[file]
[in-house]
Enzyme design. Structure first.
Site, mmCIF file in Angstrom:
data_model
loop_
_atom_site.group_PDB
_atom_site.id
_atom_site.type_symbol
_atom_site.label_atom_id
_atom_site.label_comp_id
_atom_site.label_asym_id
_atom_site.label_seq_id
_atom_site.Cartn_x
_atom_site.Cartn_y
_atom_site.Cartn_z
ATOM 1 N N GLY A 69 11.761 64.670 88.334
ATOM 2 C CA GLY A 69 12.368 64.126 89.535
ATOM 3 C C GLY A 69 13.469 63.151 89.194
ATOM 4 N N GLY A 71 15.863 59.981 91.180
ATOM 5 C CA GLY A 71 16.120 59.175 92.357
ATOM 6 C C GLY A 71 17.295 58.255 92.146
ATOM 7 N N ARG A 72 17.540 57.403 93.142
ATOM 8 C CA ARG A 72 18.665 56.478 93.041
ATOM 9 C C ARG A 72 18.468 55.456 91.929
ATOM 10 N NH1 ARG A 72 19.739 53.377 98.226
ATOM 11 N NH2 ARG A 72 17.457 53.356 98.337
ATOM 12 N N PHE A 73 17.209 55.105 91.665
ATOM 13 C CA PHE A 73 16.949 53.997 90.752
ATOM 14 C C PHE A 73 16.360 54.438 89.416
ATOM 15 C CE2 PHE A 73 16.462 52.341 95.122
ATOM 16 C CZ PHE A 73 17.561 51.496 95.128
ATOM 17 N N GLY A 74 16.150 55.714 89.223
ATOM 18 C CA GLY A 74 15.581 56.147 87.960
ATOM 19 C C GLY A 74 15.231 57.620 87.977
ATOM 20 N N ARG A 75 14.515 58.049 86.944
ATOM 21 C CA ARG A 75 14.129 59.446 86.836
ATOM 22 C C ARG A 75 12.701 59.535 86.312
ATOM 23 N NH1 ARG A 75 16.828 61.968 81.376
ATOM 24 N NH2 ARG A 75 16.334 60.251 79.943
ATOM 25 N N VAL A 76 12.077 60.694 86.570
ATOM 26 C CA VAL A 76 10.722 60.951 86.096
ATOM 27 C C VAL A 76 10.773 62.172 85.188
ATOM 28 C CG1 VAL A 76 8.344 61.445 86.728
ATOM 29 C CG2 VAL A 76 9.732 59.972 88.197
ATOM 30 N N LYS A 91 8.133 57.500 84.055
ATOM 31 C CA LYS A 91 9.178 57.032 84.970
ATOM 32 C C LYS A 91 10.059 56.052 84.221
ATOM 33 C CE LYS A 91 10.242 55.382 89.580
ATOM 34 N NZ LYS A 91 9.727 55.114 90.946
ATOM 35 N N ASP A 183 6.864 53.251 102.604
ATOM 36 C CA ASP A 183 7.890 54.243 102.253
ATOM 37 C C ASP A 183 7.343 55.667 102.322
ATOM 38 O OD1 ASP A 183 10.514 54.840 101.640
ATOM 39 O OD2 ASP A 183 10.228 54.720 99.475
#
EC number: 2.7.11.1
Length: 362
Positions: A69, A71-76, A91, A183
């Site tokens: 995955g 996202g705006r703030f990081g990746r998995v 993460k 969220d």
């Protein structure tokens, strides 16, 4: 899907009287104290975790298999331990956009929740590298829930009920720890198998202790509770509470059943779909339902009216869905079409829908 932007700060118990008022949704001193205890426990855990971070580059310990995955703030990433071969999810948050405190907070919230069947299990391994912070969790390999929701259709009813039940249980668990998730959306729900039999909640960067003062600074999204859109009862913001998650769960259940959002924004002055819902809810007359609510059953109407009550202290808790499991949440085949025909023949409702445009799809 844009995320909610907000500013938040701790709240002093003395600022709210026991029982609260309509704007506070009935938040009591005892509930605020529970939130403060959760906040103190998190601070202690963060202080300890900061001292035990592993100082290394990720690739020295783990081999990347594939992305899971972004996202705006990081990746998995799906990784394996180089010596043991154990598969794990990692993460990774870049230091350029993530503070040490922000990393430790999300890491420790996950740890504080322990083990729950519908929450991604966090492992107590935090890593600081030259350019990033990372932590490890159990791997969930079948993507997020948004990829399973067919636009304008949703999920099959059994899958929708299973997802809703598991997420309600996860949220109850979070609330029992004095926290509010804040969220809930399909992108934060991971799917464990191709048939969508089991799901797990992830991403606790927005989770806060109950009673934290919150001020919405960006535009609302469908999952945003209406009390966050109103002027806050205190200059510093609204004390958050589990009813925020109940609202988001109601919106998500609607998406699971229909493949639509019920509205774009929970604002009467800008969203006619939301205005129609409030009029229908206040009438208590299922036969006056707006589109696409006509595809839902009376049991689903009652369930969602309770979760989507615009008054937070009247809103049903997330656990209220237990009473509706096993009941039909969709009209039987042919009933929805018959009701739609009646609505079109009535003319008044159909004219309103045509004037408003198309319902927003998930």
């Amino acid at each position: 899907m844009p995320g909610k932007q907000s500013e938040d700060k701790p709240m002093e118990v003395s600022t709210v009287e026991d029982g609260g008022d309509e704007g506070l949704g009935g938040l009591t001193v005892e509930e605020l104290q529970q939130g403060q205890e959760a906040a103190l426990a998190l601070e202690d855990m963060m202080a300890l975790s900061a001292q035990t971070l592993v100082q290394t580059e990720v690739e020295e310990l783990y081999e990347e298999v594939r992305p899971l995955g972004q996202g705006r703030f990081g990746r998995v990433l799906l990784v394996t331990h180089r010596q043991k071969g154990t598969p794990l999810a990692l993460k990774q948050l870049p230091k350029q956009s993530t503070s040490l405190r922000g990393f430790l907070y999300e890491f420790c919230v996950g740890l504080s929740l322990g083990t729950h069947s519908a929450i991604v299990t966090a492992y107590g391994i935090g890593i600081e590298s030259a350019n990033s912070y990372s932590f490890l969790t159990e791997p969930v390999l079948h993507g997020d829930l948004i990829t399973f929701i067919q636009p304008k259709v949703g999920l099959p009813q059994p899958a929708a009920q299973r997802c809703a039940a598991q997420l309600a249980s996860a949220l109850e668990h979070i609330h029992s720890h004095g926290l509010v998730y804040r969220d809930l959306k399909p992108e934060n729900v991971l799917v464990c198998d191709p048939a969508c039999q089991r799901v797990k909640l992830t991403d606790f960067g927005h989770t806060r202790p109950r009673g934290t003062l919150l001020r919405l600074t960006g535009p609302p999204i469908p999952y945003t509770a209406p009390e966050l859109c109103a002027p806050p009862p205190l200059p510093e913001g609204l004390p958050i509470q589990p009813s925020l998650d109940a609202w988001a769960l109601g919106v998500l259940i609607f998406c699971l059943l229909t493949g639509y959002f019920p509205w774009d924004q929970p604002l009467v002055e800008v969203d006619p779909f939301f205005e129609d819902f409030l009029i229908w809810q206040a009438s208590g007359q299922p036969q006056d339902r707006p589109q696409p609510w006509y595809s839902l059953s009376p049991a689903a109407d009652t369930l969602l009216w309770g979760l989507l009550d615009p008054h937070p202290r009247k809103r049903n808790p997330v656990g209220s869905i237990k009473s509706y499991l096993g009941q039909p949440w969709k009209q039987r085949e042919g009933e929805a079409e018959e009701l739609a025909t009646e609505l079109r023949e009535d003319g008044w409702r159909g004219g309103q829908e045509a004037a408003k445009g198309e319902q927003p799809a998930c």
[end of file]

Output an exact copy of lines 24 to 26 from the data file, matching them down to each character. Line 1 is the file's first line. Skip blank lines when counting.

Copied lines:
ATOM 9 C C ARG A 72 18.468 55.456 91.929
ATOM 10 N NH1 ARG A 72 19.739 53.377 98.226
ATOM 11 N NH2 ARG A 72 17.457 53.356 98.337